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Jury Services


Jury Information

Bennington Superior Courtroom Jury Seating

Jury Central Administration Office: 802-865-5879
Frequently Asked Questions
expand  Can you be excused from serving on Jury Duty?
expand  How are prospective jurors selected?

Since the whole community cannot serve at the same time, the courts must have a way to randomly choose a group which represents the community for each trial. Jurors often wonder how this is done and how they were chosen.


In Vermont, people are called to jury service in the same county in which they live.  A list of prospective jurors is electronically compiled from the voter registration checklists of each town or city and a list of licensed drivers.   When jurors are needed for a trial, a randomly selected list of names from the appropriate county is generated by computer. A Summons and Jury Service Questionnaire is then sent to each person on the randomized list.   Jurors are required to complete the questionnaire either on the internet or on paper, then submit it to the Jury Administration Office. The completed questionnaires are used by the Court in making the final selection of jurors for a trial.

expand  How many days will I serve on a jury trial?
expand  How many times can I be called to Jury Duty?

A person is summoned to appear before the court no more than three times for jury draw (also called “voir dire”). Those selected to serve on any trials then return for those trials. Jurors who are not selected to serve on any trials on a jury draw day do not need to return to court for jury service until the next jury drawing day.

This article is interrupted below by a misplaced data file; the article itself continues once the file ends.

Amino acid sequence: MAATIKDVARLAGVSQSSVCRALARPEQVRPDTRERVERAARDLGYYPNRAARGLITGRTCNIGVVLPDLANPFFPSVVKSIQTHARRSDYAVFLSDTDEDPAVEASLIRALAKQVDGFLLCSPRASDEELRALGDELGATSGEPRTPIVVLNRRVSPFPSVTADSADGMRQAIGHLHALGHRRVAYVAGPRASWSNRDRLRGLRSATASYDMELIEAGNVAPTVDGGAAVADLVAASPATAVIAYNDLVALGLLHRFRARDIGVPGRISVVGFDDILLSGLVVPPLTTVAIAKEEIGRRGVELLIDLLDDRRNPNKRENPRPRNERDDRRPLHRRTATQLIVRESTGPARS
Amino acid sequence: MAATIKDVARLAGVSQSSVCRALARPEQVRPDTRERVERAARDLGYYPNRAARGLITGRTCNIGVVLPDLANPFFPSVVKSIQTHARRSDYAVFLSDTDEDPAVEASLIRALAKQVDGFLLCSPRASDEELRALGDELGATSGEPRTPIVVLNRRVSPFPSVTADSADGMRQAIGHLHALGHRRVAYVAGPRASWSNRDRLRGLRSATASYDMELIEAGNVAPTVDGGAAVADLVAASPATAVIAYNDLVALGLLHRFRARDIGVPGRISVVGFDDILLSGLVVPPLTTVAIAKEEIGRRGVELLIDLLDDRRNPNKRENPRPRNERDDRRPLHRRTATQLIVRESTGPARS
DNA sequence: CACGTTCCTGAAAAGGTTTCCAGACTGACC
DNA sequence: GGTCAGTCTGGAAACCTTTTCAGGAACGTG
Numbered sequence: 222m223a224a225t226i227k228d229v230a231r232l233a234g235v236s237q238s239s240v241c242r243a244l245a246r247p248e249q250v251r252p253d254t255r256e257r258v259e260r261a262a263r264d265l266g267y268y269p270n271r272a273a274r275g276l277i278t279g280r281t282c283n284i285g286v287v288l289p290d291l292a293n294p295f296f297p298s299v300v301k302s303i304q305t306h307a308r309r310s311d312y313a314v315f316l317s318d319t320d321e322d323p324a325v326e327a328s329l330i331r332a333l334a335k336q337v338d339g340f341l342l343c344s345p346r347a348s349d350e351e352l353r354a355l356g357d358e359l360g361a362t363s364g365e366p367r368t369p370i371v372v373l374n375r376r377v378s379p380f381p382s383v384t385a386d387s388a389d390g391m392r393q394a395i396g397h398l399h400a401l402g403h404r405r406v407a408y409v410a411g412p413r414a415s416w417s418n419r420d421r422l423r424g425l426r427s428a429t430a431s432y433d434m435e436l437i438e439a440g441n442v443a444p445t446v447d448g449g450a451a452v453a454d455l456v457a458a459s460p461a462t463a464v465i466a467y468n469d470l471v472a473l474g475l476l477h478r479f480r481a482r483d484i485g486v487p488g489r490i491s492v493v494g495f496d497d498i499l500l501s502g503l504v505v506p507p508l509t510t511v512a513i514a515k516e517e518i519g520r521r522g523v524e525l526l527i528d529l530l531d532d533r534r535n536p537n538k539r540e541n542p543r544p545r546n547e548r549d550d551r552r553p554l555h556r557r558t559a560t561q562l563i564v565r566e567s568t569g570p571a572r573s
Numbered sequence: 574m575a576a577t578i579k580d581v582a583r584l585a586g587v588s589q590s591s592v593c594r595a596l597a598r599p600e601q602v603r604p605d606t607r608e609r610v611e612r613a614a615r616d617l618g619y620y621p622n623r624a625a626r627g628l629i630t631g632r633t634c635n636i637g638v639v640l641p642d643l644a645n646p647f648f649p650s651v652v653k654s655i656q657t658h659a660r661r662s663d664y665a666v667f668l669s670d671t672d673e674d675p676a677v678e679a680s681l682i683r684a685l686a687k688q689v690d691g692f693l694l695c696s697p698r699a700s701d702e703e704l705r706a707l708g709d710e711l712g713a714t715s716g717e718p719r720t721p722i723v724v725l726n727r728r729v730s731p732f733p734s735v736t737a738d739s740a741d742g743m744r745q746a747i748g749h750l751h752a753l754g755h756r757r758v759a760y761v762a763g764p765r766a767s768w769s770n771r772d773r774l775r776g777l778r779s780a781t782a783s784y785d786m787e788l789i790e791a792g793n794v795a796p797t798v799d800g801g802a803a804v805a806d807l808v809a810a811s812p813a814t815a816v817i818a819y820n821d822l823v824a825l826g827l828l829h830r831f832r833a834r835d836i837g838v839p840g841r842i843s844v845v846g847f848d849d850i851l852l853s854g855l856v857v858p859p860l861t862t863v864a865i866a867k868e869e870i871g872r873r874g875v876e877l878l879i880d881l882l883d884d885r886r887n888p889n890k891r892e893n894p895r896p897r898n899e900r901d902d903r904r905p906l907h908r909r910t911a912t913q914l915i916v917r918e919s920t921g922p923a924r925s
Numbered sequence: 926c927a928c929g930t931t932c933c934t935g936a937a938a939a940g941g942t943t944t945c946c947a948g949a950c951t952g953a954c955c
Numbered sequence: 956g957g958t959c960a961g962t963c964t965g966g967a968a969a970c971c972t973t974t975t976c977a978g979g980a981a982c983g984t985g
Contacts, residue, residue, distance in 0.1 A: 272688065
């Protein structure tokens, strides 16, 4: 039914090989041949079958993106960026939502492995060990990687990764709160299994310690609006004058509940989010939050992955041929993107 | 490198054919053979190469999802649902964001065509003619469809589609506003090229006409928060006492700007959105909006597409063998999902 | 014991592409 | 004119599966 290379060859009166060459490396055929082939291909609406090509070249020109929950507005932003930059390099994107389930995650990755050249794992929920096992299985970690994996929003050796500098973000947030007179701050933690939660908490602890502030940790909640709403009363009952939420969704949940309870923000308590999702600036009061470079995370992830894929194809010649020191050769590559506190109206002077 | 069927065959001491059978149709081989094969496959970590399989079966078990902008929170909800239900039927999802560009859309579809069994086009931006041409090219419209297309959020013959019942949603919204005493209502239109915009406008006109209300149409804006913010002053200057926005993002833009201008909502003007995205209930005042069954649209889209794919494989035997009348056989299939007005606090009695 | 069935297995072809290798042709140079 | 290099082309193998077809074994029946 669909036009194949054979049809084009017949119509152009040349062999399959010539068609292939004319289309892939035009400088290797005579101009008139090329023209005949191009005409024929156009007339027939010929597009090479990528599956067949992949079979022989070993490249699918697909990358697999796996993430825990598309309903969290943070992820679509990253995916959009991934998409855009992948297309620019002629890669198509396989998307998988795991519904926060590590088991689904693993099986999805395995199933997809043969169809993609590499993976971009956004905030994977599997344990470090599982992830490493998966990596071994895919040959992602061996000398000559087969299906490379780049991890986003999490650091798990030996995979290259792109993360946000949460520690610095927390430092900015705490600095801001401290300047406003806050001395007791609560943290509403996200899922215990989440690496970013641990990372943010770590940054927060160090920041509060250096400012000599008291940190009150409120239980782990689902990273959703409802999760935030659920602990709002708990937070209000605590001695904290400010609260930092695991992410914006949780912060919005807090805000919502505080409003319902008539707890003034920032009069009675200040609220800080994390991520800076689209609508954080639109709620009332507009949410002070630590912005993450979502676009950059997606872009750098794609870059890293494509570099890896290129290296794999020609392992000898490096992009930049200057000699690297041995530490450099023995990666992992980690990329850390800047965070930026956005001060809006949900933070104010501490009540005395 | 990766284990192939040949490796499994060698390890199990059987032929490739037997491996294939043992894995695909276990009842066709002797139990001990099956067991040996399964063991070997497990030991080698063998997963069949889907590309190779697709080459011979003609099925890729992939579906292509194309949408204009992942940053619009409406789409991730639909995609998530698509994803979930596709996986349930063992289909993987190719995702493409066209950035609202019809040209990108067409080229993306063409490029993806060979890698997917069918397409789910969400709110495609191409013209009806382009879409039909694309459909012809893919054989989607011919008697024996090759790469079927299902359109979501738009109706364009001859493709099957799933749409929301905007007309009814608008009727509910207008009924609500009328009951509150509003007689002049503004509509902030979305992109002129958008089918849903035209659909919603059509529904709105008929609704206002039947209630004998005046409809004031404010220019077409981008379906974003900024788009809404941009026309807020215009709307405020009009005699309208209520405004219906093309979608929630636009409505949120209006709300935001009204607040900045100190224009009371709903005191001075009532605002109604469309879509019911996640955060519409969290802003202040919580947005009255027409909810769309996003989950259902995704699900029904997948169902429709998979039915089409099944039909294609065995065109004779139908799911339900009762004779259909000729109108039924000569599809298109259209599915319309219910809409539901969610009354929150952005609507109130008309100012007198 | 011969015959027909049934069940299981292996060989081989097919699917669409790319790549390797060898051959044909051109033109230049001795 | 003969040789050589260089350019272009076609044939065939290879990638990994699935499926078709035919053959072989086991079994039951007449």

expand  How much can I get paid for being on a Jury?
expand  Is there a number I can call to see if I'm needed for Jury Duty?

Yes.  People who have been summoned for jury service MUST CALL the jury phone message line in their county after 5:00 PM on the day before they are scheduled to appear for jury duty.  The phone message number for jurors to call appears on the front page of their Summons.  A recorded message will explain whether the jurors are needed in court the next day, as previously scheduled.  Jurors should call the phone message line each time before they are scheduled to come to court. A juror who fails to call the jury phone message line, and then appears in court when not needed, will not be paid.

expand  What courts have Jury Trials?
expand  What is a Juror's Civil Oath?
You solemnly swear that you will well and truly try each and every issue which may be given you in charge during the present term of this court, agreeably to the evidence given you in court, and the laws of this state, and true verdicts give; your own counsel and that of your fellows you will duly observe and keep; you will say nothing to any person about the business and matters you may at any time have in charge, but to your fellow jurors, nor will you suffer anyone to speak to you about the same but in court; and when you have agreed on a verdict, you will keep it secret until you deliver it in court. So help you God.  
expand  What is a Juror's Criminal Oath
expand  Who is qualified for Jury Duty?
To qualify to serve as a juror, one must:
1. Be a citizen of the United States and 18 years of age;
2. Reside within the county;
3. Be able to read, write, understand and speak English;
4. Be capable, by reason of mental or physical condition, to render satisfactory jury service; and
5. Have not served a term of imprisonment in this state after conviction of a felony.
expand  Who should I contact if I still have questions?
expand  Why Me?
An editorial in The Burlington Free Press said the following about Jury Duty in Vermont:
"The jury system is based on the belief that every person has an innate sense of justice, and that presented with the facts, any random group of Americans will find the just answer to a case....every able Vermonter should take part and consider the effort part of the price of democracy. It's simple:  Anyone who expects to receive justice in Vermont's Courts must be willing to provide it."